Friday, April 1, 2022

Seeking a Snider Story


Anyone who has researched her family history realizes that surnames come in all shapes and forms. With the start of a new month here, I'll be shifting my research focus from my mother's ancestors to those of my mother-in-law. Like my mother, my mother-in-law grew up in the American state of Ohio, but unlike my mother with her deep southern roots, my mother-in-law had a family heritage firmly planted in one central Ohio county for two centuries.

One of the founding ancestral couples in my mother-in-law's heritage was the root of her many Snider relatives in Perry County. Like many who descended from immigrant families, though, that founding couple most likely did not spell their name S-n-i-d-e-r. That was the convenient anglicized spelling; when Nicholas and Anna arrived in Ohio by 1819, their surname was pronounced as Schneider.

Over the generations, the descendants of Nicholas Dominic and Anna Elizabeth Eckhardt Schneider adjusted to their American homeland and, mostly in Ohio, spelled their name Snider. The branches of the family who moved west—to Iowa and Minnesota—adapted to local convention there, spelling the name as Snyder. Still, whether Schneider, Snider, or Snyder, the legacy of Nicholas and Anna provide my husband with 207 DNA matches, all linking back to this set of fourth great-grandparents.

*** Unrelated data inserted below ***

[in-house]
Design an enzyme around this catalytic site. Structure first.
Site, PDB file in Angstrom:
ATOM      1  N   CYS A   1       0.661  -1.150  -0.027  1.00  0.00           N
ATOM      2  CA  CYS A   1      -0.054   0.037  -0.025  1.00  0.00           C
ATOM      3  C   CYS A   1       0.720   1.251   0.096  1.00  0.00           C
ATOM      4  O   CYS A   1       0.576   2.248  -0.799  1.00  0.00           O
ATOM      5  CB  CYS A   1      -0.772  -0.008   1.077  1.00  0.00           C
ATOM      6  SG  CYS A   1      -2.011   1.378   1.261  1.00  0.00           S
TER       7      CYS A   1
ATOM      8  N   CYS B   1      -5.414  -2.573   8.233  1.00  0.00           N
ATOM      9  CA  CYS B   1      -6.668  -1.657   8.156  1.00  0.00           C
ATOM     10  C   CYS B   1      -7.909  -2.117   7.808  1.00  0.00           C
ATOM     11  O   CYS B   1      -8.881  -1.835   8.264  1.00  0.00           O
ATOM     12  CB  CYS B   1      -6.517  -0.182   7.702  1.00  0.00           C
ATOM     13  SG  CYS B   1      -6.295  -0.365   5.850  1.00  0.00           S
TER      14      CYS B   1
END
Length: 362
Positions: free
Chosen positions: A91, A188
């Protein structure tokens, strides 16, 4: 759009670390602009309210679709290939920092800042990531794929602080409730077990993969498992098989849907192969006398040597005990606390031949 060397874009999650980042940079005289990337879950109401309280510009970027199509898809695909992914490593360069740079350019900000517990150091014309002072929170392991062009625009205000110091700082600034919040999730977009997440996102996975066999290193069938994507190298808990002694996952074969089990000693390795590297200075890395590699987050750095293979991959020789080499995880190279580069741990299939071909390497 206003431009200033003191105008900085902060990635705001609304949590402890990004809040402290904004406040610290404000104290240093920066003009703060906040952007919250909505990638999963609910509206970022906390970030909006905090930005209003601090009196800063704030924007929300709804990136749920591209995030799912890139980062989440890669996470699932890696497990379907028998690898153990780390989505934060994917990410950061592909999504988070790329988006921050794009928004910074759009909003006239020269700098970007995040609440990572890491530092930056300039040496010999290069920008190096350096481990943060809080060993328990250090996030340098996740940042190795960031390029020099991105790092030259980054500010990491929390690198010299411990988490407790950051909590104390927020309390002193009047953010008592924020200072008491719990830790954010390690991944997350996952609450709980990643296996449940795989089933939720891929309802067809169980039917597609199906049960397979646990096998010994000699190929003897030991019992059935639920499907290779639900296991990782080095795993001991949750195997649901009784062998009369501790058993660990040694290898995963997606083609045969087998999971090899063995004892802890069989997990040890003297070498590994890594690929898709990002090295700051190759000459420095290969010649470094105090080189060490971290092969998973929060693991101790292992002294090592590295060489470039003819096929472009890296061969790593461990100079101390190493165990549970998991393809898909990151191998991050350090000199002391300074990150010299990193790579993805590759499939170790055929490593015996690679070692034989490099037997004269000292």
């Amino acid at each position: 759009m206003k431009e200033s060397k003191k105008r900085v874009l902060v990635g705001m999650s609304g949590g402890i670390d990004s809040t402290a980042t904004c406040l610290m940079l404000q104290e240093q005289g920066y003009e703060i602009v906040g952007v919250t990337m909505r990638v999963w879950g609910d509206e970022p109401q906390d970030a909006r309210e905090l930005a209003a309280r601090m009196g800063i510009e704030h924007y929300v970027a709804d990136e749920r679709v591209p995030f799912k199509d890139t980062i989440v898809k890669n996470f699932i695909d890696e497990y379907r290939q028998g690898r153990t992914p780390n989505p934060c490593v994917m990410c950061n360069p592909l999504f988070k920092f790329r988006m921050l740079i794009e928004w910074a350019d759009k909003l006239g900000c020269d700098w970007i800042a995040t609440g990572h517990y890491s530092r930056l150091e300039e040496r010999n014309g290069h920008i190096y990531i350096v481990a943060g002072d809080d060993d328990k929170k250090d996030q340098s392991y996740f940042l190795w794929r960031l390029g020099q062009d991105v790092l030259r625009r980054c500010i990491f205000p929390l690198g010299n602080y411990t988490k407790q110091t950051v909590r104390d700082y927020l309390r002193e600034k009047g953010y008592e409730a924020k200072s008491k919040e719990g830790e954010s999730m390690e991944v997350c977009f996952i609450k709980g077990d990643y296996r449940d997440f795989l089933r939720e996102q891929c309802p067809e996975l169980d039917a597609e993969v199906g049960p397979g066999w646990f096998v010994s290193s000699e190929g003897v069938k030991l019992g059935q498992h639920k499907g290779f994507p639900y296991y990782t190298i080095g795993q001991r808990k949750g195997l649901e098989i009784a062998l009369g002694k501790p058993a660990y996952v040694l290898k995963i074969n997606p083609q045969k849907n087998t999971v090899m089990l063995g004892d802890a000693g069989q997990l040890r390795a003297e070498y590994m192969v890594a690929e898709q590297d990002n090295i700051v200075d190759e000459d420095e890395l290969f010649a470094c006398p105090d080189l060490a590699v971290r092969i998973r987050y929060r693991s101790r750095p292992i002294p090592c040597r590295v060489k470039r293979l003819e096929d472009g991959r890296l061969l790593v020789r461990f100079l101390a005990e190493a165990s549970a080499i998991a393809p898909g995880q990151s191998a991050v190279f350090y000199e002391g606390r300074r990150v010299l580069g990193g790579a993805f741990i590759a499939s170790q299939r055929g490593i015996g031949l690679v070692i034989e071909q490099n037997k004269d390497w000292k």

While I can solidly affirm that the family settled in Perry County in central Ohio, my goal this month is to trace the family eastward from Ohio, looking for actual documentation for the assertions made by many other family researchers. There are reports that the couple arrived in the New World from Germany, but I would like to examine that genealogical journey for myself.

As we work through that paper trail, I'll also be examining the many DNA matches who share with my husband this couple as their most recent common ancestors. Along the way, as we've already realized from researching other lines stretching back into the 1700s, we'll need to be aware of the impact of local history and record keeping upon the communities in which this family lived before their arrival in Ohio on the eve of the 1820 census.

Whether Schneider, Snider, or Snyder, this family—as have so many others—had a story worth sharing. We'll take this new research month to see what we can discover.     


  1. There are a few dlfferent families that settled into my Northern Ohio county two centuries ago. Someone I have no link to the Schaffer/Shaffer/Schafer/Shafer family. And yes, all these different spellings can mean you have the same family. It can also mean that you are no relation to these specific families. The good news is that the original Schaffer/Shaffer/Schafer/Shafers all know who they are related to and descend from. And our county has great records. For those outside the family, it is a big guessing game.

    1. Your county has such interesting family history, Miss Merry. I love the stories you've shared. How fortunate that, with all those spellings, the local extended family knows how each one connects. Sometimes, the only way to find these details is through the county records. Sounds like you are very fortunate on that account.


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